The kit goes together with extreme ease and is well designed. First up is the interior followed by the lower hull and suspension parts. These assemble well, but the join for the leaf springs and the lower hull will require a little filler because of the kits engineering. Or you can do as I did and cover it with a little mud. With the lower hull/suspension finished the upper hull can be attached. Alignment points on the front and rear make this an easy task and the slight overhang of armor on either side is normal for the 234. My example’s lower hull was a little warped and required clamping but it was no problem and dried fine. At this point I put on the fenders and all the small bits that would be there for base paint such as headlights and the tool boxes, but I left off the jerry cans and fire extinguishers until later. The wheel hubs are designed so the wheels can be positioned, a nice touch. With the hull assembly drying I assembled the turret. This is straightforward and everything fits as it should. The only thing you will need to do either open the hatches or close them. If you are going to leave them open you will need to scratch build the detail on the inside as none is supplied on the kit part. One thing to note with the turret is an inaccurate representation of the smoke canister dischargers. They were not mounted to the side of the turret as depicted in the kit and should also the drilled and thinned. I mounted them per the instructions and went only with drilling and thinning them. With everything assembled and prepped for paint I turned my attention to the tires, wheels and jerry cans. Note you will need to decide soon if you wish to use the late type spare tires and wheels provided by Hasegawa. These are well done parts, but I didn’t see them in use on the Pumas I looked at. One interesting thing to note is the standard wheels have the lightening holes depicted as raised detail while the late two hole type are recessed. I wish Hasegawa had made both types with the recessed holes.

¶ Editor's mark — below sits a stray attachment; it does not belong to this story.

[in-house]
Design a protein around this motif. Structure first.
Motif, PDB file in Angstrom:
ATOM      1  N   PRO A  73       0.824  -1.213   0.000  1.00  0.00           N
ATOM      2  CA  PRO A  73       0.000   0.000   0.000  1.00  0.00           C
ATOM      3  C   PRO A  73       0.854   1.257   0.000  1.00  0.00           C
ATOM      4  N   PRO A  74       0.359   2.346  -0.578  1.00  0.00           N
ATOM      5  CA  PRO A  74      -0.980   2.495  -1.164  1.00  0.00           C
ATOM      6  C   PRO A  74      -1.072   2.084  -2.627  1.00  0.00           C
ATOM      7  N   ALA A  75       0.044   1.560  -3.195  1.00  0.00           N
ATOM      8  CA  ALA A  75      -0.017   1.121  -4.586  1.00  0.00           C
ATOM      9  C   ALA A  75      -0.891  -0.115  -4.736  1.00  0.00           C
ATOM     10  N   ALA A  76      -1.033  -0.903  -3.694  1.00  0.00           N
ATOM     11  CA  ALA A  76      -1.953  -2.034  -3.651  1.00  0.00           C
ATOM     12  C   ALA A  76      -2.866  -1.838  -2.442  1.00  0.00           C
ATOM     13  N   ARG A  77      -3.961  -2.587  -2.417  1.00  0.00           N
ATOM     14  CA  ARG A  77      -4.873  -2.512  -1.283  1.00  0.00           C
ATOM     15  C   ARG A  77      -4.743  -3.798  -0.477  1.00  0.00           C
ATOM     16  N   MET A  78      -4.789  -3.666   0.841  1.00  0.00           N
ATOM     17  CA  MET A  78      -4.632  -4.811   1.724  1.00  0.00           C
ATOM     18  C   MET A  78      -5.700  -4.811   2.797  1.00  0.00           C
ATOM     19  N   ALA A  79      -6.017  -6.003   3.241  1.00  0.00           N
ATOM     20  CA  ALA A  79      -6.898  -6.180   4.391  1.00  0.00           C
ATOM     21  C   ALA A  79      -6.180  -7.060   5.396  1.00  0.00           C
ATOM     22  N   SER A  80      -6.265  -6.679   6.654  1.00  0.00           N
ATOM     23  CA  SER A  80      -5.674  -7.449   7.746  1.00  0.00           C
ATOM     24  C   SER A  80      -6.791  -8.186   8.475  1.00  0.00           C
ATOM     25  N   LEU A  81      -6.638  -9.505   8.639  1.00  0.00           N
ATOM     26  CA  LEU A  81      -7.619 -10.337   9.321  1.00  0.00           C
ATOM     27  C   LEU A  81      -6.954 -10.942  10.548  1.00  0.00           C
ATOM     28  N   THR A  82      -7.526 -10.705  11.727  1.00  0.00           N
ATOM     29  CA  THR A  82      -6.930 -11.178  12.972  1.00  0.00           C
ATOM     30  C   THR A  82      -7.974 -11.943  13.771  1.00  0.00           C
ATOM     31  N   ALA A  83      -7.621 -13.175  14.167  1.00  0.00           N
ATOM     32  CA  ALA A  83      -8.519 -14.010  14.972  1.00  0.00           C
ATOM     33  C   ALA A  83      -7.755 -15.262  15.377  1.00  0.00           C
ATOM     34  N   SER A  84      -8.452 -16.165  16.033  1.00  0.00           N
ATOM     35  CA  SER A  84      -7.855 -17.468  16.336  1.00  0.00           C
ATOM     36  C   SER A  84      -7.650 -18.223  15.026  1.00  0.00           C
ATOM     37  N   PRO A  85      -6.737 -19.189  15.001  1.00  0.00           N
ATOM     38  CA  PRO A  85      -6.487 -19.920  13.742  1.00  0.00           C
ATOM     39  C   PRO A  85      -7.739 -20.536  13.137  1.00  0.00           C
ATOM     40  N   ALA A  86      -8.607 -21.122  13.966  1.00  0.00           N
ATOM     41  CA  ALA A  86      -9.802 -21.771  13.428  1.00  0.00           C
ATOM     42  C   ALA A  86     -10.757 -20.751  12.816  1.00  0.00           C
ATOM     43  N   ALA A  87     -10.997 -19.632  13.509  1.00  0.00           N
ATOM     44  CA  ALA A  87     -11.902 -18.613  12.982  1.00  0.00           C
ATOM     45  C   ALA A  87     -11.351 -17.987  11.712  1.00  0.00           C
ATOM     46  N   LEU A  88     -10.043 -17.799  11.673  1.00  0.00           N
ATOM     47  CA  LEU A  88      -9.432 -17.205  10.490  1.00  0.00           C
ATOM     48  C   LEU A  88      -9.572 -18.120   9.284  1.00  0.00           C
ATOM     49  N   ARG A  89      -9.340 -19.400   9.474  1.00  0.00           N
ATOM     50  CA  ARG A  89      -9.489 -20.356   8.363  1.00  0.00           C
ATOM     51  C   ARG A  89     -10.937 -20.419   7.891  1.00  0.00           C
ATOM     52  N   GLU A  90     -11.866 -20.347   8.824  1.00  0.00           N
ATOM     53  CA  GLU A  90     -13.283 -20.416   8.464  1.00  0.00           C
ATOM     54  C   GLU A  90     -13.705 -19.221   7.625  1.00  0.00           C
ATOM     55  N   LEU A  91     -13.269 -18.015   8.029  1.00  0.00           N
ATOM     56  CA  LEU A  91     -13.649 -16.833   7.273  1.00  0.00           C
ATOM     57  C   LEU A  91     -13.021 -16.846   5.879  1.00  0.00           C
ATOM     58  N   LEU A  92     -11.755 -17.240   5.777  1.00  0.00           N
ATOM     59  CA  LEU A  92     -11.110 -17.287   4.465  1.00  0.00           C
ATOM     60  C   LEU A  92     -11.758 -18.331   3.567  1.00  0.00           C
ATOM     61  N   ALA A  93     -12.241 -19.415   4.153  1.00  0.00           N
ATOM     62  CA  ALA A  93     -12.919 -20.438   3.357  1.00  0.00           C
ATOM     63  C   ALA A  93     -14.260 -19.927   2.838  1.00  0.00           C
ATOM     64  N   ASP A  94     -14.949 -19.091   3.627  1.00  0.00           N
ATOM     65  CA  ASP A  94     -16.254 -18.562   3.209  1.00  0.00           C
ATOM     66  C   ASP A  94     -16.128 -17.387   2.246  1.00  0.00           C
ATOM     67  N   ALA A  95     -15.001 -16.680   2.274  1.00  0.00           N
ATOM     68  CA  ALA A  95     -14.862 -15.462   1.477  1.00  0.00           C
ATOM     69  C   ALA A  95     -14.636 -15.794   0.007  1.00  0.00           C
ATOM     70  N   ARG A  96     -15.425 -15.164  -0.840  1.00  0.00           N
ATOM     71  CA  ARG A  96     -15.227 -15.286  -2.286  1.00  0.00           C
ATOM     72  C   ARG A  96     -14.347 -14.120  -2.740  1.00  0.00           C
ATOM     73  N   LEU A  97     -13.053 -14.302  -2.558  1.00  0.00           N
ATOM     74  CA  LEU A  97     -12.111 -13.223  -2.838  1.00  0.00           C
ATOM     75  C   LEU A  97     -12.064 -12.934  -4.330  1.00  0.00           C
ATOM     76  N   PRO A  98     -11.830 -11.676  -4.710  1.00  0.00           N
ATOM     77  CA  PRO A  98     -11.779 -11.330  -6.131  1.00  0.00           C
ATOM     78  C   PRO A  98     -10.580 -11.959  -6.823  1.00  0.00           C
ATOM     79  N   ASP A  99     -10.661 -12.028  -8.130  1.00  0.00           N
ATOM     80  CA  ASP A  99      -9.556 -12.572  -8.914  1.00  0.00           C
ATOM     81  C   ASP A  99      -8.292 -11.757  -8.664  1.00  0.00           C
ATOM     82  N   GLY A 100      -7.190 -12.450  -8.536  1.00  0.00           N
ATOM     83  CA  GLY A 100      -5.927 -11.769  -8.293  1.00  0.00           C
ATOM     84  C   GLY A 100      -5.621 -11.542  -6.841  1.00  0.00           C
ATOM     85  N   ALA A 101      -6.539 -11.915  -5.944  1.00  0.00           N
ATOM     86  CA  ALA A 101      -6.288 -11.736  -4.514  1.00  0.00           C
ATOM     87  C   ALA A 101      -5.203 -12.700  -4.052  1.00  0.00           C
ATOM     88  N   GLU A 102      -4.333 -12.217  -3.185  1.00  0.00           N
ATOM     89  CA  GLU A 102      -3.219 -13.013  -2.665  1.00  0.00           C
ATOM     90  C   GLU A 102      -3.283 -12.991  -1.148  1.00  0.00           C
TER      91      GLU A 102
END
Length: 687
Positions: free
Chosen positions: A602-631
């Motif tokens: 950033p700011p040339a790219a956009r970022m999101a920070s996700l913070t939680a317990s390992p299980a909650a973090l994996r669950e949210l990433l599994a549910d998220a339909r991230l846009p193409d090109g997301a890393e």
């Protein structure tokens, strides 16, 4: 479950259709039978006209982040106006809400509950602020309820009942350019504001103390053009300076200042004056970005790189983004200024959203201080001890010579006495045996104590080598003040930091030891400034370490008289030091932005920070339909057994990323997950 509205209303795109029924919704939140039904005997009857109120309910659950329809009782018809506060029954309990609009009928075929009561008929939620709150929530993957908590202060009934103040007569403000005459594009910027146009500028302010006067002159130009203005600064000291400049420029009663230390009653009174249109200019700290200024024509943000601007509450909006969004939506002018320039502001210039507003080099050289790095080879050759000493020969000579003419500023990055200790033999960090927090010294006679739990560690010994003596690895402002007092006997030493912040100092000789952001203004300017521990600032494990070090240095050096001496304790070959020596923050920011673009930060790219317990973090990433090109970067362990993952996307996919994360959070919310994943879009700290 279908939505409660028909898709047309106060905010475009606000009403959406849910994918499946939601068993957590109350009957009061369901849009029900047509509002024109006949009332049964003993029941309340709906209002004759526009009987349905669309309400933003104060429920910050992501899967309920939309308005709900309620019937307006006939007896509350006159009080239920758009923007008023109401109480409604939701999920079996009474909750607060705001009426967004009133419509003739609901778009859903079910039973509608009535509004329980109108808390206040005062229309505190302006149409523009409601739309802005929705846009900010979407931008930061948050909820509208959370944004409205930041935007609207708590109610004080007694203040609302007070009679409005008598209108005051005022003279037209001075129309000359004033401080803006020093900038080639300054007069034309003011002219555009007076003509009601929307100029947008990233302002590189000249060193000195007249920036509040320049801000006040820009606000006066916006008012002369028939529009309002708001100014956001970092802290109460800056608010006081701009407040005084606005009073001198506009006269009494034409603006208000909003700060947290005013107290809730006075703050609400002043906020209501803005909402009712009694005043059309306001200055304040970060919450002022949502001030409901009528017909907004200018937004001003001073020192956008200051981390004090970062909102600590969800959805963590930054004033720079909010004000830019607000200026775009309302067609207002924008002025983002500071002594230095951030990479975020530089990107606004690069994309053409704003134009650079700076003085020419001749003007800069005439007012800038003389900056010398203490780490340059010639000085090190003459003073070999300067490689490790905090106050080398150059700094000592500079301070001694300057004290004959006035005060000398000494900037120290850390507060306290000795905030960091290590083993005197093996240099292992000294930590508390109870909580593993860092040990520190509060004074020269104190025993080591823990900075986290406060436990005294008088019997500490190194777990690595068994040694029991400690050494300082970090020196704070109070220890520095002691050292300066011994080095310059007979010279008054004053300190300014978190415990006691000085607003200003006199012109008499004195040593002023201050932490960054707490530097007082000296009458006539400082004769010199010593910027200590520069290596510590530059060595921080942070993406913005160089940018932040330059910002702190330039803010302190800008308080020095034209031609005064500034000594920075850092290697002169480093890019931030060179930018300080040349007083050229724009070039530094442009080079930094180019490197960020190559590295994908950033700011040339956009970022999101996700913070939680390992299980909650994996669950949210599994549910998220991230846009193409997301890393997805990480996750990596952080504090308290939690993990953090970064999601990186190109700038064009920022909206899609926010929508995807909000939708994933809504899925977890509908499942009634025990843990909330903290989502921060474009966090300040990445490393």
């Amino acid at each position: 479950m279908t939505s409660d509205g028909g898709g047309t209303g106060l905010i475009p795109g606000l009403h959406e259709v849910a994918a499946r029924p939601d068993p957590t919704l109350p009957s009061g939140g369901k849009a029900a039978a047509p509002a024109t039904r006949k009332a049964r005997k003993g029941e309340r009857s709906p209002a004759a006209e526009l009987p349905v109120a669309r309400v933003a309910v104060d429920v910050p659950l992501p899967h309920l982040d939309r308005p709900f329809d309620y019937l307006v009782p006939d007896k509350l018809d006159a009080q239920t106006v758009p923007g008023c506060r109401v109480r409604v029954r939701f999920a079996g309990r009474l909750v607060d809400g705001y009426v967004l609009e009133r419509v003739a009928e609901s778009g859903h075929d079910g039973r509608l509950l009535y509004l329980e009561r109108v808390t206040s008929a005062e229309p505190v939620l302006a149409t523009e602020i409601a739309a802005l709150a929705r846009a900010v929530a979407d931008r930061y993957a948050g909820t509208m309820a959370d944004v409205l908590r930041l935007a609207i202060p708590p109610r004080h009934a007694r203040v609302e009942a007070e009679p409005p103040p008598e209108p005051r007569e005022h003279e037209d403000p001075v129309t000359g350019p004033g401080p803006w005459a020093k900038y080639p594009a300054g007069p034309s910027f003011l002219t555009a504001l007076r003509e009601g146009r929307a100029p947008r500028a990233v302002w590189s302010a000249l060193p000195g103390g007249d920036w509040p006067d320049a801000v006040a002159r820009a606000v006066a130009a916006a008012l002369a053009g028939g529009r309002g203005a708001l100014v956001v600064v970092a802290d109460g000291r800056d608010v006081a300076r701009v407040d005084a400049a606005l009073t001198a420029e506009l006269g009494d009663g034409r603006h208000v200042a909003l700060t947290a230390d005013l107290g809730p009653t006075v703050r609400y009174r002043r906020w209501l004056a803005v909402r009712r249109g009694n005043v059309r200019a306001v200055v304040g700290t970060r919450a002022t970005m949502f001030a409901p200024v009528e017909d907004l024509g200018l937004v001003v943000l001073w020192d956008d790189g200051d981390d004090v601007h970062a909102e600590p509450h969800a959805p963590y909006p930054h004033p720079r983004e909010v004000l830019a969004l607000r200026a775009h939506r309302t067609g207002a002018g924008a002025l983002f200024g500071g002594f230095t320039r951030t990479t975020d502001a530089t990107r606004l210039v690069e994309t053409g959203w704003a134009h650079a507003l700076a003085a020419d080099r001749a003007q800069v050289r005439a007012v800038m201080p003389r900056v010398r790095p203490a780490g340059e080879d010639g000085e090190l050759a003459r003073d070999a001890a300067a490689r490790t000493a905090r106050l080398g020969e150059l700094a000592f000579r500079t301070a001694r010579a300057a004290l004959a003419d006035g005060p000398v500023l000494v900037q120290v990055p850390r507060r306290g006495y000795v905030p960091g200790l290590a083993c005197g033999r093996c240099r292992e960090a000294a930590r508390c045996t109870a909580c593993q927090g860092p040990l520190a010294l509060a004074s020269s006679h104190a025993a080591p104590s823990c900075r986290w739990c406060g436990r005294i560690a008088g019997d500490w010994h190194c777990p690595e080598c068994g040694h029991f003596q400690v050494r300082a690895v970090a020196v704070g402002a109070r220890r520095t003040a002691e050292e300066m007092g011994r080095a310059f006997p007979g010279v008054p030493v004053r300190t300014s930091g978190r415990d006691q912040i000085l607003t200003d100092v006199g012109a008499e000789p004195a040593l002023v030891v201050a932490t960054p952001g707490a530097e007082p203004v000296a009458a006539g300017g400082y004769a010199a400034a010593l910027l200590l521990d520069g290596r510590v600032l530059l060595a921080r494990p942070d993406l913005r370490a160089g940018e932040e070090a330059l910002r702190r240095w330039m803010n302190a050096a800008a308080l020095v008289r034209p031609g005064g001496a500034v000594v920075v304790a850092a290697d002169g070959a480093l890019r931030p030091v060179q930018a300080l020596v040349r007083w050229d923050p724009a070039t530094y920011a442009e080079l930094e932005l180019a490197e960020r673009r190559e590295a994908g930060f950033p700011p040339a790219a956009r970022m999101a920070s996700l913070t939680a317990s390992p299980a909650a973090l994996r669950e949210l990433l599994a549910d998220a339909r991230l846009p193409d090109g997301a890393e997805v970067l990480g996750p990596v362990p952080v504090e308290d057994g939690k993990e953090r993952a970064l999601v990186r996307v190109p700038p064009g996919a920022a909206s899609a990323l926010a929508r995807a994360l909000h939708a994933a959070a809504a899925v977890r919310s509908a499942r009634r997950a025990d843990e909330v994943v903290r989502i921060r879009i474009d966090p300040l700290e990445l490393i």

Painting & Markings
I wanted to do a two-tone yellow/olive scheme of the 234 rather than a tri-color camouflage scheme and I liked the subject “415”. I used decals from the Kagero book which are printed by Techmod and are quite good. I applied a base of yellow and freehanded the olive camo on top and then glossed the model and applied the decals setting them with Solveset. Weathering was done using plaster for mud mixed with paint and woodland scenics grass. Pigment powder and pastels were used for dust and the like. In between a wash of raw umber was applied.
I enjoyed building Hasegawa’s 234/2. It builds into and accurate representation and with the interior there are hopefully other versions on the way. My only complaints, the oddly detailed wheels and lack of interior hatch detail as well as the two part muzzle brake. I really think Hasegawa could have done better here. However all these are easy things to deal and the final effect is, in my opinion, captured very well. The quality of the molding is excellent and the detail crisp. If you are looking for a quick interesting build and you’re a fan of German armor, then I’d recommend this kit to you.
Thanks go to Dragon USA, via Saul Garcia, for the review sample.